Top 15 List of Farm Smells

Jun 29th, 2008 by Diane Seymour | 0

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As I sat on the picnic bench in front of the Sundae Time in Troy savoring the small waffle cone of raspberry swirl, another familiar smell caught my attention. I lifted my head and sucked in the aroma and for a moment felt the heart-tug of my childhood memories. Oh, the sweet smell of cows!

My husband and I spent the next ten minutes swapping “the best of” in farm smells. For those of you who grew up on a farm, this will be a walk down memory lane. For all others, you can wonder, is she really serious! Here are my Top 15 Favorite Farm Smells, not necessarily all good, but all distinctively memorable:

House smells

1. Homemade everything – homemade bread baking; hot, bubbling apple, cherry, blackberry, huckleberry pies made from fruit picked on the farm or on the local mountain; smell of the brine in the hand-cranked ice cream maker filled with milk straight from the cow; fried deer steak and pancakes topped with boiled brown-sugar syrup; the first-blast good smells when you open home-canned jars of home-grown peaches, beets, pears, tomatoes, apples, pickles, and cherries; baking powder biscuits straight from the oven, dripping with lots of butter and homemade wild strawberry jam. Oh, yeah…
2. Bacon, sausage, home fries, and eggs frying on the stove every morning for breakfast – a hearty fare for hard-working men going to the fields and to the barn; I still love that smell on the two or three times a year when we leave the cereal in the cupboard!
3. Porter’s Salve -a traveling salesman showed up on the farm every now and then peddling the green and white tins with salve claiming to benefit bruises, rough skin, insect bites, sunburn and local irritations; recommended for man or beast. Blindfold me and wave 100 concoctions under my nose, and I’ll pick the Porter’s salve out. The smell is that memorable!
4. The dank, wet, musty smell of most farmhouse cellars – no poured concrete or cinder blocks, just field stone walls and earth floors; perfect spot for storing canned goods and produce from the garden, but no place to linger.

Barn Smells

5. Corn silage – tightly packed into a silo, the chopped corn ferments to such perfection that my husband and I agree that this one tops the list for good farm smells. Oh, to take just one strong whiff up a silo again someday…
6. Cow feed with molasses – I doubt there’s a farm kid alive or dead who hasn’t taken a taste of this sweet-smelling mixture at least once!
7. Milk powder mixed with water for calves being weaned from their mothers – easy to smell as you bent close to the pail to get the calf to drink by sucking on your fingers.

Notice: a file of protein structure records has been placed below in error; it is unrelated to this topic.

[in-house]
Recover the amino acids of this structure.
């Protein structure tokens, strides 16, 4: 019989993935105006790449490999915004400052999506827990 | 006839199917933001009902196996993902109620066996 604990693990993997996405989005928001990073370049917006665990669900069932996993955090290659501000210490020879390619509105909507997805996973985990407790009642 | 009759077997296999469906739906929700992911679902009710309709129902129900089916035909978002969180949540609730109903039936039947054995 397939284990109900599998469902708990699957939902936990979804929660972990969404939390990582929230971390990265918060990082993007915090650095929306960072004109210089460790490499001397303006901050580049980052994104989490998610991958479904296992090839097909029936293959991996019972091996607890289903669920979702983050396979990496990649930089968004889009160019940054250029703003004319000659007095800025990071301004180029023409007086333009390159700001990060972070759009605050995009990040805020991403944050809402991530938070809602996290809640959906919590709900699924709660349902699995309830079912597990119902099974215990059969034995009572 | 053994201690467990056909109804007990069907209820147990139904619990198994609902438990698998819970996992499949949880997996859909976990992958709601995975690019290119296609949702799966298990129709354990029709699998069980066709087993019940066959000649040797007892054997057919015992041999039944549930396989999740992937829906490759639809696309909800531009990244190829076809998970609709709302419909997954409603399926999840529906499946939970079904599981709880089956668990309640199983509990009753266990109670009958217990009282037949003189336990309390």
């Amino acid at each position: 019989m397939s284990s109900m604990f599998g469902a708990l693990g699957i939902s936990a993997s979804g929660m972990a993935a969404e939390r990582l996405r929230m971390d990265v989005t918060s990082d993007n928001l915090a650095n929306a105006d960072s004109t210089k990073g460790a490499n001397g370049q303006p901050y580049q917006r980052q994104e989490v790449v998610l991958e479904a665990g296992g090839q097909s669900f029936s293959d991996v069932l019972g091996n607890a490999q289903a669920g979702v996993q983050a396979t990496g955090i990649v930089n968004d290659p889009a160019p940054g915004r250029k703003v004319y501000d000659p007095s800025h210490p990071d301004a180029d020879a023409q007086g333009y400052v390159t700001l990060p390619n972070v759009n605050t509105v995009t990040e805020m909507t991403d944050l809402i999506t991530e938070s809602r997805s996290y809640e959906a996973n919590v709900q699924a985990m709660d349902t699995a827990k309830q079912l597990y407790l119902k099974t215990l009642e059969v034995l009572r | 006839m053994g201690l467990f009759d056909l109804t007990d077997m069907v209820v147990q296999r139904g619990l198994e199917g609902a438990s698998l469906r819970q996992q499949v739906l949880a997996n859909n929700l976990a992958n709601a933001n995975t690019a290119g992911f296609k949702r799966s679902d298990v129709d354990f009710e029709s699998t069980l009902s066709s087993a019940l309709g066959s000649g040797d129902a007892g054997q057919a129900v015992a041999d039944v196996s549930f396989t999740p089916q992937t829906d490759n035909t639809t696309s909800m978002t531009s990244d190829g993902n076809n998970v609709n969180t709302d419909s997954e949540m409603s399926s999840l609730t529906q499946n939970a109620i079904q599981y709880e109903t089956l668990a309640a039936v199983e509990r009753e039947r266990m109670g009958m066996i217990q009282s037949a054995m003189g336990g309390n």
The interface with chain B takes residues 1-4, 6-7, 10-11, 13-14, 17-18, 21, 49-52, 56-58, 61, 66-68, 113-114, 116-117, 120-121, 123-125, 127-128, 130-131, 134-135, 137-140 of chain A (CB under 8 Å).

8. Whitewash, a mixture of lime and chalk – sprayed on the walls, floor, and ceiling of the main barn floor to sanitize surfaces, drive out spiders, and brighten things up; the white wash momentarily masked all the other ordinary barn smells.
9. Fly spray – overpowering, eye-watering stench for a few minutes after spraying all the cows while in their stanchions in the barn.
10. Fresh cream collecting on top of the strainer over the milk can in the milk house.
11. The granary – sweet smell of oats, sometimes dusty, sometimes musty; as kids we played in the oat bins!

Outside Smells

12. New mown hay – this still takes my breath away when I drive through the country; roll your window down next time you pass a field and take it all in.
13. Singed chicken feathers – burning the fine feathers off after plucking the main ones. Yuck!
14. Creosote added to corn before planting to discourage birds, animals, and worms from eating the kernels.
15. Manure – no, you can’t ignore this basic olfactory delight of family farm life, and I openly proclaim to the world that horse and cow shit on a small farm smells good! Sorry, but no one on the farm called it manure!

Gone are all the dairy farms that lined the roads for miles on either side of my father’s land. Barns sit empty, many with caved-in roofs and missing boards. Former pastures grow wild again with weeds and brush, with no Holsteins, Jerseys or Guernseys to graze them tidy. My generation, the sons and daughters of farmers, found other ways to make a living, most not requiring the 24/7 commitment of the family farm.

The Troy Fair opens in July, with folks from the few remaining local farms gathering with their animals and produce to compete for prizes, bragging rights, and a week of camaraderie. I’ll spend a few moments walking through the cow barns, breathing in those smells that still possess the power to take me back home again. Oh, the sweet smells of childhood!

On a more serious note, today’s huge factory farms conjure up other adjectives – pungent, putrid, unbearable, foul, and appalling. I’m a meat-lover, and have no qualms about raising animals for consumption, but I admit to a wave of conscience about the conditions that factory-farm animals endure in order for me to enjoy my steak sandwich, lemon chicken, or sliced ham. Also in question is the right of these farms to impose their nauseating smells and real or potential water pollution on neighboring properties. Sounds like this topic may show up in a future post…

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